Coming in late September is the most recent edition of the Best American Comics series, this time guest edited by Neil Gaiman, writer extraordinaire of such excellent reads as Good Omens (with Terry Pratchett,) and the historic The Sandman comic, among others. The Best American Comics series is a long running series that showcases the editor’s picks for the most notable comics of the year, be they short stories, graphic novels, periodical so-called funnies. This year’s edition is notoriously eclectic.
The Best American Comics 2010
Edited by Neil Gaiman, Jessica Abel and Matt Madden
Houghton Mifflin Harcourt
Readers should be warned that if they are expecting a collection of complete works they will be disappointed. This collection showcases writers and artists by whetting the appetite through short stories and short to mid-length excerpts Most of the excerpts are available for purchase in their entirety if the reader is interested in completing the story.
The Good: The Lagoon excerpt was inexplicable and completely enthralling and enjoyable. The Alcoholic, a story about coming to terms after 9/11, was troubling and touching. Asterios Polyp was excellent, the art style and frequently jumping story left me wanting more. Lobster Run, an anime influenced relationship comic is too short! Norman Eight’s Left Arm is visually striking and the dialogue was unexpectedly fun. The excerpt from Scott Pilgrim v the Universe is noteworthy in that the source material looks so unlike (read “superior,”) the recently released movie.
The Bad: The shortness and randomness of the excerpts. The excerpt from Omega the Unknown, for instance, is only chapter 7 and as such I found myself completely at a loss for what was going on or why I should care. It was a poor decision by the editors, in my opinion, to lead off the book with that comic (and possibly with chapter 7.) If I were previewing this book at a local store I doubt I would have gone further. Cest N’est Pas Una Comic while admittedly a retrospective seemed dated and done before. Ditto The War on Fornication. American Elf (also dated, literally, as November 2007,) was uninteresting and unfunny. ACME Novelty Library looked great but some of the frames and text are so small that it is nearly impossible to read. Also, many of the indie comics reflected a completely liberal bias. In a collection of the so-called best American comics why were there no conservative-leaning artists? I don’t mind the liberal bent, but a more well rounded collection would have felt more representative of the “best.”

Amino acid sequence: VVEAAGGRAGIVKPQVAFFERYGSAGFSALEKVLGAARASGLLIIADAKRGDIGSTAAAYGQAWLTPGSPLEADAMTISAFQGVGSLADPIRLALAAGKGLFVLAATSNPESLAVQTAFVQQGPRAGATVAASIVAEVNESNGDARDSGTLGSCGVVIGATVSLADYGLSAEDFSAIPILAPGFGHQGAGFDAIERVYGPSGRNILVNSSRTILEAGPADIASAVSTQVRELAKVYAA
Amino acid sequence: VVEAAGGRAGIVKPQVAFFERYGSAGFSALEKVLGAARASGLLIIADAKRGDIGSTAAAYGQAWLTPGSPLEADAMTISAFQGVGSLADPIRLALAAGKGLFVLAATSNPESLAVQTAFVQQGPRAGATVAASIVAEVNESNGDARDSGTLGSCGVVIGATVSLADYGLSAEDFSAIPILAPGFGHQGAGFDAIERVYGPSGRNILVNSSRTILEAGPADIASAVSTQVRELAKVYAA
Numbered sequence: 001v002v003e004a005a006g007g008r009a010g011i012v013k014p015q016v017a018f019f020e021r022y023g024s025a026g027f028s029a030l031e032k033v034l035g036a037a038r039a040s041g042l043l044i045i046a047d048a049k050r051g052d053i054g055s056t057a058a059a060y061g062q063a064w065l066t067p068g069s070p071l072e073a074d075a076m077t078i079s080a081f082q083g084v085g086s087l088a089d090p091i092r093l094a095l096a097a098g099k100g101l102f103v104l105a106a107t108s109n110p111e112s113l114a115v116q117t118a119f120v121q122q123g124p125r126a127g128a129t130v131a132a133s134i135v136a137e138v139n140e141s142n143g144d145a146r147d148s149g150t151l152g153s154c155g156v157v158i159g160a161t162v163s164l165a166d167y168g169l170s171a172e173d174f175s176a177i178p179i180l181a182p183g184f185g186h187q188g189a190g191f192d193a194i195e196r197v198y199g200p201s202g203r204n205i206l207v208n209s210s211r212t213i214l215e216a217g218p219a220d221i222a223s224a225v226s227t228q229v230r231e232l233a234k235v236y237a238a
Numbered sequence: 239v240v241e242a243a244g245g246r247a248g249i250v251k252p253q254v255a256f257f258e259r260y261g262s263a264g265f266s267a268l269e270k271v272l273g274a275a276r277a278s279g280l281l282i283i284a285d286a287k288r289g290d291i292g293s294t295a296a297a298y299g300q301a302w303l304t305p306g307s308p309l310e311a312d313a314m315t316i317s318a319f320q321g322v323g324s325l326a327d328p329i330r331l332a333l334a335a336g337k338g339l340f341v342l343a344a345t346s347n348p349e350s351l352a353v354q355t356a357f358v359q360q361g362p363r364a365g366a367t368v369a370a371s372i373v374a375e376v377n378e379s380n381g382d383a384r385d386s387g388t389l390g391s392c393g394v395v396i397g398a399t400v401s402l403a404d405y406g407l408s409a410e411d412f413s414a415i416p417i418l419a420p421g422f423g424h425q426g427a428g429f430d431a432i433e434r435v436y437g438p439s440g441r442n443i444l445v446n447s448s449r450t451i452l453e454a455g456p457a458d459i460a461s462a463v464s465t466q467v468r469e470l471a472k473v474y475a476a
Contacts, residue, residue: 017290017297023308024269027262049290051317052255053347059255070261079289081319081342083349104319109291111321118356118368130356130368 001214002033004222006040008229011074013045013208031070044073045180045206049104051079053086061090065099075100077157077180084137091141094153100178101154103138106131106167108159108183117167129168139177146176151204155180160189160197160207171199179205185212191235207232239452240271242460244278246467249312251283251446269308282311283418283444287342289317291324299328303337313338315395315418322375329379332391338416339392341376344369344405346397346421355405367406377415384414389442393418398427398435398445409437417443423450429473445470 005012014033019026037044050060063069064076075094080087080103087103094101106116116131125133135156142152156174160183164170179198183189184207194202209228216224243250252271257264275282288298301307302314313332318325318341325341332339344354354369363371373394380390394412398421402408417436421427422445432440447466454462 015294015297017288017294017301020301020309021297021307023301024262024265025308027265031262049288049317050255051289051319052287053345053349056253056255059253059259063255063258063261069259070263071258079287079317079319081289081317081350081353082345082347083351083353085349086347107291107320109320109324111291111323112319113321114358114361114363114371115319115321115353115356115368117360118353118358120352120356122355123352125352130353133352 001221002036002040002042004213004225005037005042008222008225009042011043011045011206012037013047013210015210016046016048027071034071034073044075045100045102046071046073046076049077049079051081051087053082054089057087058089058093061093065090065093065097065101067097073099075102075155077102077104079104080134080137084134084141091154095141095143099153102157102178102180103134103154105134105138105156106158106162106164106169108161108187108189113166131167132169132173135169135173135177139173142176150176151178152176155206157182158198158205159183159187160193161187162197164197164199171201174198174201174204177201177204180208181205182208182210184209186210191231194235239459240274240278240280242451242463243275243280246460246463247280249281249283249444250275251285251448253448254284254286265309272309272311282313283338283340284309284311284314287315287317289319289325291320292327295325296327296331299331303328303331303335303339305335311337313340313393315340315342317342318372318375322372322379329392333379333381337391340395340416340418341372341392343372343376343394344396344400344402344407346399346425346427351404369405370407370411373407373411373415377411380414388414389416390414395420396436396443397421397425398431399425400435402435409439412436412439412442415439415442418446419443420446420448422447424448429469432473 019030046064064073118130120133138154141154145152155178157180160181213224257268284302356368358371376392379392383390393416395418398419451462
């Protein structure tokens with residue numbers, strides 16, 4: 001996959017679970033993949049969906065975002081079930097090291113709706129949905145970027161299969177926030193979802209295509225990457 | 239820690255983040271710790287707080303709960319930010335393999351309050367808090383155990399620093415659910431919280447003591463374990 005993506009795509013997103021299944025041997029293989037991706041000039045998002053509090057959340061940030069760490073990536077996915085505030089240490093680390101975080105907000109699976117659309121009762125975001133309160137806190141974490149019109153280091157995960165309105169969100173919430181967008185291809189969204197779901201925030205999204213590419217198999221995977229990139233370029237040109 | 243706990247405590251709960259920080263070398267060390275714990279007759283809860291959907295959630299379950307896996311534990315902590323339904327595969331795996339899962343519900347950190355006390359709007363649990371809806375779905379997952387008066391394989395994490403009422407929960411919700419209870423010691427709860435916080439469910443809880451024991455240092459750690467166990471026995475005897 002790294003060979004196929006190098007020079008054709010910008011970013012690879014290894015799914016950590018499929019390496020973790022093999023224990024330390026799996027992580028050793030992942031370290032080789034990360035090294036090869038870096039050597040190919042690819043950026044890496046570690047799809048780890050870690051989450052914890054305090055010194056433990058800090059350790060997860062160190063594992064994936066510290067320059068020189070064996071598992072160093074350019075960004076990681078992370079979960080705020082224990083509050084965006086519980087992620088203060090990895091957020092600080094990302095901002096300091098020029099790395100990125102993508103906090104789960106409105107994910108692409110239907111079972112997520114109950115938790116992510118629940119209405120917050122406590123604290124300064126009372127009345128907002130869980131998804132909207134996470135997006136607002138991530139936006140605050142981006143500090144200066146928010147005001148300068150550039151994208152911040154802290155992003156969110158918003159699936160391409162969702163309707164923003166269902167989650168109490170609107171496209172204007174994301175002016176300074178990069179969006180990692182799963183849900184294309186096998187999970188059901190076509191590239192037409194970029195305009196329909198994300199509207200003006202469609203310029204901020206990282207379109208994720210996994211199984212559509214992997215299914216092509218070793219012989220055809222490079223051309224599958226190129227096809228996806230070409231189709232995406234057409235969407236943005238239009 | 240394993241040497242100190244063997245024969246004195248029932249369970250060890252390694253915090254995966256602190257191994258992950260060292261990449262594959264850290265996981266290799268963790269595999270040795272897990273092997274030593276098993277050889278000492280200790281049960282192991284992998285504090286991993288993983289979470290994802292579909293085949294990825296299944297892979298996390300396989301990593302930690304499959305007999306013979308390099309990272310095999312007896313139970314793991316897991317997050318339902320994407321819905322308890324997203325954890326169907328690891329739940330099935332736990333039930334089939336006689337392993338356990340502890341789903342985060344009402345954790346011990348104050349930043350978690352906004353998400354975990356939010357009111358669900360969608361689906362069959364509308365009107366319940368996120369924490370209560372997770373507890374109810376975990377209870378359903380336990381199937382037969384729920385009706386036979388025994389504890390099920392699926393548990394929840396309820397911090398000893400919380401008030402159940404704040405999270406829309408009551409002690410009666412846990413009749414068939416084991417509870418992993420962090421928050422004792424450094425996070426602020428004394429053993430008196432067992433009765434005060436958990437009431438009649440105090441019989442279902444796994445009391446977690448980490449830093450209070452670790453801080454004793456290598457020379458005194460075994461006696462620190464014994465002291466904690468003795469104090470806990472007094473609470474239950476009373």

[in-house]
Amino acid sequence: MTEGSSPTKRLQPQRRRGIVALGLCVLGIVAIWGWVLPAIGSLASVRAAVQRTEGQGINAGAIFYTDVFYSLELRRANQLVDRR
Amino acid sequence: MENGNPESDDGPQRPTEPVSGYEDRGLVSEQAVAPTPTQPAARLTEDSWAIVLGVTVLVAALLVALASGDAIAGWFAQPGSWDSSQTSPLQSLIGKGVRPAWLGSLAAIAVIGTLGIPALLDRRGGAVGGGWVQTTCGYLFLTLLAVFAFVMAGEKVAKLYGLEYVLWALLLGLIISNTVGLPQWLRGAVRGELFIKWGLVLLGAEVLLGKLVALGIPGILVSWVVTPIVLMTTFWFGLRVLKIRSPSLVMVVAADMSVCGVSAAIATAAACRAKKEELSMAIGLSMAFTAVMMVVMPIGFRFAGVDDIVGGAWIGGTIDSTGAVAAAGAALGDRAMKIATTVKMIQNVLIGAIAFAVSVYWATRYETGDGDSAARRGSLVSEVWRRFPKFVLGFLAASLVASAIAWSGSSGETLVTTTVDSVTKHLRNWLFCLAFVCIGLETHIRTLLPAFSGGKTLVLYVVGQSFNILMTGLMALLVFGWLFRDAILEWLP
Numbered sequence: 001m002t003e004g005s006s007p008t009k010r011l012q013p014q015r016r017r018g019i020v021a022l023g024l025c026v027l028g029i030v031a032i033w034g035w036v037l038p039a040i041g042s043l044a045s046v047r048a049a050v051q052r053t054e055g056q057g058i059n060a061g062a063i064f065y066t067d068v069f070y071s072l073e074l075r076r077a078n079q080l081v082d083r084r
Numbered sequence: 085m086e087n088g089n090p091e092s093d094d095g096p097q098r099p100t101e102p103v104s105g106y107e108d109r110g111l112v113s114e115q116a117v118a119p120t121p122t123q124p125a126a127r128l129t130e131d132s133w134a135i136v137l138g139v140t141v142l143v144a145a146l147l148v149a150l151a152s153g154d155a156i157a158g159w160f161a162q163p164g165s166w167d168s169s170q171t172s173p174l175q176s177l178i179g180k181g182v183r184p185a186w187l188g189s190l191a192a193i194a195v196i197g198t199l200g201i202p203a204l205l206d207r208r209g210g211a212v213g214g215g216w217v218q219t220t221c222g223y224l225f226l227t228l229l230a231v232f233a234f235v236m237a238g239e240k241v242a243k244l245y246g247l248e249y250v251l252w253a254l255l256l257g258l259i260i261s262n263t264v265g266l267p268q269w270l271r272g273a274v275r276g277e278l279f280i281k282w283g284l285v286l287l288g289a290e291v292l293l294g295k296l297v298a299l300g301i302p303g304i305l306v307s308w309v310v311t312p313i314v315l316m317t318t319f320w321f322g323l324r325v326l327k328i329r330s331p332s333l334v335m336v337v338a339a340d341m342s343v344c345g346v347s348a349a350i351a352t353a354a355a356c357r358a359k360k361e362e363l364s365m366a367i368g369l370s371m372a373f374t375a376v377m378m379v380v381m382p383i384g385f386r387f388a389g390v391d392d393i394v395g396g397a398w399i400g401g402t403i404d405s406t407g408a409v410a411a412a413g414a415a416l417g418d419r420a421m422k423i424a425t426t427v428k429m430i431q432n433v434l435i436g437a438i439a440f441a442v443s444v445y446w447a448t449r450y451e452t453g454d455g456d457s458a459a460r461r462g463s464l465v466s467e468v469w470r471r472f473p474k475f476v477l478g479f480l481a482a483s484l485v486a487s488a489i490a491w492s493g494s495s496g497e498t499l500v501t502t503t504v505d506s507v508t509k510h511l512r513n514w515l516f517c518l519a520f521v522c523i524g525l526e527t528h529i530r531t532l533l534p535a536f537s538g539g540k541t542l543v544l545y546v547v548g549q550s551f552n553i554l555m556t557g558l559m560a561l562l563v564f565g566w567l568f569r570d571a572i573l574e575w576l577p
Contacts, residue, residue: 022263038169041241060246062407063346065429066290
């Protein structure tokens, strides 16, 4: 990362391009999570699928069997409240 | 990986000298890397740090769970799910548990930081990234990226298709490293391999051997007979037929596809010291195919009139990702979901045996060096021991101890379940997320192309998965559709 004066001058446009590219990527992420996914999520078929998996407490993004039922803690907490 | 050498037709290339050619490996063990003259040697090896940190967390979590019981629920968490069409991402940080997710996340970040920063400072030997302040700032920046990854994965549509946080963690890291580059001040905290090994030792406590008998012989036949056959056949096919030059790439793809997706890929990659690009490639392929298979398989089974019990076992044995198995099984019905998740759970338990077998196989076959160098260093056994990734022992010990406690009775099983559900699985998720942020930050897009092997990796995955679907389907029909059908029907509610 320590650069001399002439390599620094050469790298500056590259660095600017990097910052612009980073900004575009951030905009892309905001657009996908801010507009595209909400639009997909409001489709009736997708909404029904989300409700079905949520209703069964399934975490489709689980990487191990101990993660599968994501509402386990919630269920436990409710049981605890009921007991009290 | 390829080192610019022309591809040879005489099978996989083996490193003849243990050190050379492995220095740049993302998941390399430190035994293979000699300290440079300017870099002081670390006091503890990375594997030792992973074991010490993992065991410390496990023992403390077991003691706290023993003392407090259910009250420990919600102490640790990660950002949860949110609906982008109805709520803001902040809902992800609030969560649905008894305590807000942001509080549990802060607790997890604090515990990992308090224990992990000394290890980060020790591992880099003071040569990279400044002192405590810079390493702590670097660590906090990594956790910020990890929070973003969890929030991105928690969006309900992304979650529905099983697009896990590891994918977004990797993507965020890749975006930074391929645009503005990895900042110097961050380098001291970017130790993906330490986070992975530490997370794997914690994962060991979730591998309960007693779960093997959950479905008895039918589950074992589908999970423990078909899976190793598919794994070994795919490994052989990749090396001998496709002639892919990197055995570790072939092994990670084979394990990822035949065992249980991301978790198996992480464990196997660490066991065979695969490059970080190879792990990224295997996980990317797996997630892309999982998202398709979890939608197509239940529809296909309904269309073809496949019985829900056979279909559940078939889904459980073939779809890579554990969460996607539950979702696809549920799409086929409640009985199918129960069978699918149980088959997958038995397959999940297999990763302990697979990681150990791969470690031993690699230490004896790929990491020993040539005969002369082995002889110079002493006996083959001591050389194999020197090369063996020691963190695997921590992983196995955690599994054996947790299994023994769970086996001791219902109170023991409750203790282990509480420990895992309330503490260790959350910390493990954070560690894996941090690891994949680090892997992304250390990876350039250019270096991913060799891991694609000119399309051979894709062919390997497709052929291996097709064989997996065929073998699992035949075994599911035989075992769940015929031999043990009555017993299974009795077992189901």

The only struggle I have with recommending this book to readers is in deciding who to recommend it to. It seems to me that true fans of indie comics will already be familiar with many if not most of these writers and artists so this book isn’t necessarily for them except as a part of their Best American Comics collection. I’m also not sure if this book is for those who enjoy mainstream comics either as there aren’t superheroes and the expected world saving scenarios and those readers may find themselves bored with the mundane art styles and story lines. In the end, I find myself recommending this book to only those who are interested but not familiar with indie comics but aren’t interested in paying for several collections that they may find that they do not enjoy. This is a perfect preview of what the indie comics world has to offer.
If you are that person, then I recommend this book wholeheartedly. If you are not, you may well find yourself scratching your head and wondering why you just spent $23.
Scott Asher is the founder and administrator of BookGateway.com. Along with his contributions to BookGateway, he reviews for the commercial site BuddyHollywood.com. His personal blog is AshertopiA – a land flowing with milk and honey… and a lot of sticky people where he cartoons and writes on current events and Christianity.
This book was provided by the publisher as a review copy.
Originally Published at BuddyHollywood.com